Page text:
Tuesday, 15 December 2015
Poster Hall (Moscone South)
Laura García Sánchez1, Jose Luis Macias2, Lady Susana Osorio2, Antonio Pola2, Denis Ramón Avellán2, Jose Luis Arce1, Ricardo Saucedo3, Juan Manuel Sánchez4, Felipe García-Tenorio2, Guillermo Cisneros2, Gabriela Reyes-Agustín2, Silvestre Cardona2 and Adrian Jimenez5, (1)Universidad Nacional Autonoma de Mexico, Mexico City, Mexico, (2)UNAM, Morelia, Mexico, (3)Universidad Autónoma de San Luis Potosí, Instituto de Geología, San Luis Potosi, Mexico, (4)IPN, CIIEMAD, Mexico City, Mexico, (5)UMSNH Universidad Michoacana de San Nicolás de Hidalgo, Michoacan, Mexico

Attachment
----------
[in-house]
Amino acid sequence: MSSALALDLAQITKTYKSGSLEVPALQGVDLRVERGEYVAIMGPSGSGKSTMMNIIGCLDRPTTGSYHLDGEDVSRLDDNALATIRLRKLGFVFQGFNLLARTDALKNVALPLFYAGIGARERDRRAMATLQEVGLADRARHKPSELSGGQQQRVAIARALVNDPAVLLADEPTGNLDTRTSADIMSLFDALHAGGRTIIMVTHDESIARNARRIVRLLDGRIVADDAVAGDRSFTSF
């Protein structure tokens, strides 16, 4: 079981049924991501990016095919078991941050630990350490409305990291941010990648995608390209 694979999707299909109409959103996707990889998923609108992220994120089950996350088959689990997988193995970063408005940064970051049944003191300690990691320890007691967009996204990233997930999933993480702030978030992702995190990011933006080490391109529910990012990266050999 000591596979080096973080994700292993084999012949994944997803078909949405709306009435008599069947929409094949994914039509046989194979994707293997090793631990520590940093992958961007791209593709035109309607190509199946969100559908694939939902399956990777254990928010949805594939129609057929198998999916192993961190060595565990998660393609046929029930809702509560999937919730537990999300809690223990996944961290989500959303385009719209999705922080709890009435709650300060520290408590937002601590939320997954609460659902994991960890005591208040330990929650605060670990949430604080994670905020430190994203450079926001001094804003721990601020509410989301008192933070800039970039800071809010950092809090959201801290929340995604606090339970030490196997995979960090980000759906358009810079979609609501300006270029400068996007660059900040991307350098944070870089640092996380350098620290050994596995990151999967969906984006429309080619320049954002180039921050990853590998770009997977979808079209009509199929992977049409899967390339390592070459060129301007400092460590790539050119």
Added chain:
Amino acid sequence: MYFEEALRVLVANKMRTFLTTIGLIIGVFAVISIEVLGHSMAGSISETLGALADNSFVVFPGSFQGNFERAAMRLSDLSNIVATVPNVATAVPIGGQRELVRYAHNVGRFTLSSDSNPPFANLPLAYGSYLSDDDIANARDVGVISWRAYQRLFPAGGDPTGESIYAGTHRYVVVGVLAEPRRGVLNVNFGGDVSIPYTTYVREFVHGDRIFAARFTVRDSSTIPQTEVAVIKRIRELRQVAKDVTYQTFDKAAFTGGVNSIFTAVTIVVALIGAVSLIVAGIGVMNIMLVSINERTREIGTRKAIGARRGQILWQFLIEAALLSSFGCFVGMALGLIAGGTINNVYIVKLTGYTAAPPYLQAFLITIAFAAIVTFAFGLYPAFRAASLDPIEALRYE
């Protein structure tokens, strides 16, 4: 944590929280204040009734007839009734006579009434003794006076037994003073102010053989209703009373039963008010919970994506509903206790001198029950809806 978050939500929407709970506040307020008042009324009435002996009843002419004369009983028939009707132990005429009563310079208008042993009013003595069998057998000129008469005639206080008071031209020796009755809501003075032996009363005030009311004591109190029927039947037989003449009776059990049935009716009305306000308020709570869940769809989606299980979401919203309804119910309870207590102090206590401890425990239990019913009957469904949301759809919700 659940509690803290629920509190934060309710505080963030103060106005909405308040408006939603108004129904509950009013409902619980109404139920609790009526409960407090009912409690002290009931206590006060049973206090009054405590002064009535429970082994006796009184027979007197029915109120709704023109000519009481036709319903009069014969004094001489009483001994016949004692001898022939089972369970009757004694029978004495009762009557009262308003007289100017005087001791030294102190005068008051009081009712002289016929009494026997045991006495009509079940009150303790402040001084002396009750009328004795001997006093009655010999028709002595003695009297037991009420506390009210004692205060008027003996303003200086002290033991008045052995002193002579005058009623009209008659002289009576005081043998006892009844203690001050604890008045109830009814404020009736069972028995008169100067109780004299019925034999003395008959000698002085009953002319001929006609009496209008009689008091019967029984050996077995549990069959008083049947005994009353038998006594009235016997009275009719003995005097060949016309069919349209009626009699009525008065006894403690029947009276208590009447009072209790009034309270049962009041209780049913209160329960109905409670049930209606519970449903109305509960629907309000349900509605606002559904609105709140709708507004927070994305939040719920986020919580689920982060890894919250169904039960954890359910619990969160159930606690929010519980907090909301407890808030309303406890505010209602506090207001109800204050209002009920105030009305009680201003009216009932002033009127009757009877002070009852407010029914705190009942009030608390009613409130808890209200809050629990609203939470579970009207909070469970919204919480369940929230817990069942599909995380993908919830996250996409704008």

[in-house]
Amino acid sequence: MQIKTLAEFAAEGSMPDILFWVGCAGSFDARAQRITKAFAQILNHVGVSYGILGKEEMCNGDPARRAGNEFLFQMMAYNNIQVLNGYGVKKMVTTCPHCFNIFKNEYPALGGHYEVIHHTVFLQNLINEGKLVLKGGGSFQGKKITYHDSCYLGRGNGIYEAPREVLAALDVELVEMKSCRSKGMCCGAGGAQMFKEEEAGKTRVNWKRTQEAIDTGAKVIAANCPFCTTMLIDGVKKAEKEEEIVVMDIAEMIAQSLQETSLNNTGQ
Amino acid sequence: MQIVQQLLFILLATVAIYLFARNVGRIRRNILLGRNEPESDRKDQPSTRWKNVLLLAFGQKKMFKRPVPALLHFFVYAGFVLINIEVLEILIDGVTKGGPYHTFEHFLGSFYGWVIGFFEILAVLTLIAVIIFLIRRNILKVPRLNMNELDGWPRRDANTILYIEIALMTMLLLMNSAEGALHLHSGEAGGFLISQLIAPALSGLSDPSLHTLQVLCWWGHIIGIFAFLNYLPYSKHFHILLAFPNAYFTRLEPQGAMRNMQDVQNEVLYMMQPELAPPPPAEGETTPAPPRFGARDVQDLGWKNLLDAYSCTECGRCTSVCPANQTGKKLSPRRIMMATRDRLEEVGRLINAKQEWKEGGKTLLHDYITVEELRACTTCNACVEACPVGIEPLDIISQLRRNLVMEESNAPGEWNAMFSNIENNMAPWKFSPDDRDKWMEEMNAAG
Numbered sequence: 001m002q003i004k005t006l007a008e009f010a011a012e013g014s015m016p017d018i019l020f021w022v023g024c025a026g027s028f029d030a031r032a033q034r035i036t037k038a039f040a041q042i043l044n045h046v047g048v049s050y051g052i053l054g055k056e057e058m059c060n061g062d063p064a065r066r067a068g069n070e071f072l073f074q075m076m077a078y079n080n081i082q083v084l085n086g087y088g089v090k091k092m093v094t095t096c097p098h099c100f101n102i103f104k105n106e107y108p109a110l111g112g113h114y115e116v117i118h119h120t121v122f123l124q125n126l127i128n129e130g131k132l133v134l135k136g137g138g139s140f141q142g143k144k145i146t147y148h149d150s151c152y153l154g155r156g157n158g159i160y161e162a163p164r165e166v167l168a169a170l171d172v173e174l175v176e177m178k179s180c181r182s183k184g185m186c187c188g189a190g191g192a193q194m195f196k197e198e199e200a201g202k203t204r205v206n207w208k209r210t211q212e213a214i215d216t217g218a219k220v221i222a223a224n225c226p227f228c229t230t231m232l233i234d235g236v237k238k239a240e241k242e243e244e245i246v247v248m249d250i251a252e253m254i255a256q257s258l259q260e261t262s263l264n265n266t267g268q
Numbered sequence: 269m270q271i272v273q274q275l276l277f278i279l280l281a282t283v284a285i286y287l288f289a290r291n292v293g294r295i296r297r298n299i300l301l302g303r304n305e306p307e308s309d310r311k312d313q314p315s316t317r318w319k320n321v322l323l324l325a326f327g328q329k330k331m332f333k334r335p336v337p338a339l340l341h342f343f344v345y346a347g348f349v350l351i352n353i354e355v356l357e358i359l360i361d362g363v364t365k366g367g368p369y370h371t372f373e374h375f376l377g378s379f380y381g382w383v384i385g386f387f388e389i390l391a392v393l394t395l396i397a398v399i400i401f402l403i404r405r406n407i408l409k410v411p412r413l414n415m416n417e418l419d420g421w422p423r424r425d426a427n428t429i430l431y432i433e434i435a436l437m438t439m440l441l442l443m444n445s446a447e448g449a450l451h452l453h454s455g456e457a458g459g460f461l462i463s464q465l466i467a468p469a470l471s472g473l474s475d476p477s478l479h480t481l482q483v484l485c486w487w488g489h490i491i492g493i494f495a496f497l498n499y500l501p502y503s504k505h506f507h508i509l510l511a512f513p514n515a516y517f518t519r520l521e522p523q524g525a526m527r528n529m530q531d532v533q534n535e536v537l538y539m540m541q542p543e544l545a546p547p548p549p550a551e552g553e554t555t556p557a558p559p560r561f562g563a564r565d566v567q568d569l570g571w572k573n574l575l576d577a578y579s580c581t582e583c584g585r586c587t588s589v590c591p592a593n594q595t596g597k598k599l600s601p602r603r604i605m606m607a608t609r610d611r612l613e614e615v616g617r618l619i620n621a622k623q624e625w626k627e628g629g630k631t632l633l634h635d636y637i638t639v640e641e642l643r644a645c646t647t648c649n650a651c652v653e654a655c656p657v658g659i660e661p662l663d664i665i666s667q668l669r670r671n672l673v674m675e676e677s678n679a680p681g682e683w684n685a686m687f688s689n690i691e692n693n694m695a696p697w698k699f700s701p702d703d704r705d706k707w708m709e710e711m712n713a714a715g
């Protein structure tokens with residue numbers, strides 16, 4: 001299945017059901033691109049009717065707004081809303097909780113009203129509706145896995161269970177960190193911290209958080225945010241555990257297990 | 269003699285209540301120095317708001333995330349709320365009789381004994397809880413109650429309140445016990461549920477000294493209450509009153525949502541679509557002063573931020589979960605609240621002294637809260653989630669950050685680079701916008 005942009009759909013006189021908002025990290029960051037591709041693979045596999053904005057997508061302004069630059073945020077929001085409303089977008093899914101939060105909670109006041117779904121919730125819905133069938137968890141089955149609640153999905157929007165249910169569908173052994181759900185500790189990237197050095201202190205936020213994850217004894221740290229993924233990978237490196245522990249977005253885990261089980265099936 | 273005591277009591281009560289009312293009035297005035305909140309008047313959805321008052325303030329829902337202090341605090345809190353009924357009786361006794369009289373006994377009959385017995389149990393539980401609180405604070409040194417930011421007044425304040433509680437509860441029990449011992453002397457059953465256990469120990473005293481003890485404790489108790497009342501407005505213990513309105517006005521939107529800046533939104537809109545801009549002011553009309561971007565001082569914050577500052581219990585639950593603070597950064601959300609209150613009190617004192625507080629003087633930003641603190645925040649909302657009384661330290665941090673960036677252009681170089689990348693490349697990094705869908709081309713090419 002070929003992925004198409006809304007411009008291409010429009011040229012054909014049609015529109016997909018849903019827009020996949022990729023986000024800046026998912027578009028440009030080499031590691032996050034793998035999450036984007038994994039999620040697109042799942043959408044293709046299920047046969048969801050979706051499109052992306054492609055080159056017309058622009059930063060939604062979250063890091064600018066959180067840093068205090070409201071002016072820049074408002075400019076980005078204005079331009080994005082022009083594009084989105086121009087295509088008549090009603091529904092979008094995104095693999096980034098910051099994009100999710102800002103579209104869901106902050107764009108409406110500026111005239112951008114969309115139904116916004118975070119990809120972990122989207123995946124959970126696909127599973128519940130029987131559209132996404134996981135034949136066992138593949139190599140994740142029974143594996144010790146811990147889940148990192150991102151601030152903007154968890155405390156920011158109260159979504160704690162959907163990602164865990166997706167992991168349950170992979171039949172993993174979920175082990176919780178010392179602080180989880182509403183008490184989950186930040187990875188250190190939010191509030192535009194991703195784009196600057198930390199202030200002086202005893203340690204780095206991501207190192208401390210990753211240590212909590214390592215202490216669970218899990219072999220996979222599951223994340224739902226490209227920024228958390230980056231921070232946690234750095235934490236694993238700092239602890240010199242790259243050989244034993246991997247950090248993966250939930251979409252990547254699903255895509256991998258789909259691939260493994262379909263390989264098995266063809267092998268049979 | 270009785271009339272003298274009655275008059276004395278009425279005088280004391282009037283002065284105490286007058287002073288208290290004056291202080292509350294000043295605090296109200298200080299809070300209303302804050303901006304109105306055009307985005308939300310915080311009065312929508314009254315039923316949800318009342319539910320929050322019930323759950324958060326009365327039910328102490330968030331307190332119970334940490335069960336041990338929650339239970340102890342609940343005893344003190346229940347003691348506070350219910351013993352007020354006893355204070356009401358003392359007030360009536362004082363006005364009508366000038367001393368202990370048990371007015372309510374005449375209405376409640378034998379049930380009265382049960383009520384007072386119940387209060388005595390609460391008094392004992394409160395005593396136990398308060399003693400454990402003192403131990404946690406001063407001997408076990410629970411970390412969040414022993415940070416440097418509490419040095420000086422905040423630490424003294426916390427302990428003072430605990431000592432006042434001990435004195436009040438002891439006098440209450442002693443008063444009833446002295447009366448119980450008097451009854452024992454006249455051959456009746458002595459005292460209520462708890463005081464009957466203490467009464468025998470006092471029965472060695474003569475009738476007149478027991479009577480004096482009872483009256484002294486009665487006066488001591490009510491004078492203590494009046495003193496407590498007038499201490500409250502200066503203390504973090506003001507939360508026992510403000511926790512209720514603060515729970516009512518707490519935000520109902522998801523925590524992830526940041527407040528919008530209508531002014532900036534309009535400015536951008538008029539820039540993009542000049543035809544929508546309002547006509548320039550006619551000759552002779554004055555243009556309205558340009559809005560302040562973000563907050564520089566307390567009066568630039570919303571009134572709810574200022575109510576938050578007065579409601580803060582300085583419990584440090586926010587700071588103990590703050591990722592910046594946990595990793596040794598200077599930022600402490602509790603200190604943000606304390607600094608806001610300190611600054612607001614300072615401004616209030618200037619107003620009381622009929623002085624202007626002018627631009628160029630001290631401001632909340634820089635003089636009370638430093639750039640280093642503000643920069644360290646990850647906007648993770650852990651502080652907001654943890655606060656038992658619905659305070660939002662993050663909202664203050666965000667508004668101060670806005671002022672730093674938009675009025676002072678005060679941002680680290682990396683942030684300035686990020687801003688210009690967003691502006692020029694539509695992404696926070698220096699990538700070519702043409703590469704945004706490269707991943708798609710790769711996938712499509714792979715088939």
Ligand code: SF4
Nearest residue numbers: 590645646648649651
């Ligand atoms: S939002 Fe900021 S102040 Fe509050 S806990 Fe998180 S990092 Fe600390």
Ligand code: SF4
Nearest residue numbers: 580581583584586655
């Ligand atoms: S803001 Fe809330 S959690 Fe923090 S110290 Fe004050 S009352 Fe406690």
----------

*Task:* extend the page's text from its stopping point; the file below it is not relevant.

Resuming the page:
The Reforma caldera is located at ~35 km to the northwest of Santa Rosalía in the central part of the Baja California peninsula. It has 10 km in diameter and a maximum height of 1200 masl in the center and between 100 and 500 masl in its slopes. Reforma is within a tectonic zone affected by two fault systems: A NW-SE normal fault system linked to the opening of the Gulf of California, and a NNW-SSE and NW-SE strike-slip fault system associated with an active Riedel system. Reforma was built upon Cretaceous granites that outcrop at the caldera center, Miocene to Pliocene volcano-sedimentary rocks of the Comondú group, and Miocene marine sediments of the Santa Rosalía basin. On top of these rocks outcrop at least four submarine to subaerial ignimbrites interbedded with marine fossiliferous beds and the lower Pleistocene deposits associated to the Reforma caldera. These deposits are formed by a ignimbrite that shifts to different lithofacies that change gradually their welding, here dubbed basal, transitional, intermediate, and upper (all of then enriched in black fiammes), followed by a pumice-rich, white fiammes, and vitrophyre lithofacies, which are distributed around the 9 km wide caldera and have been associated to the caldera formation episode. Deposits related to post-caldera volcanism are andesite-basaltic lava flows erupted along the caldera rim through localized feeding dikes and andesitic and rhyolitic domes, and scoria cinder cones exposed inside and outside the caldera. On top of these deposits rest the middle Pleistocene Aguajito caldera deposits.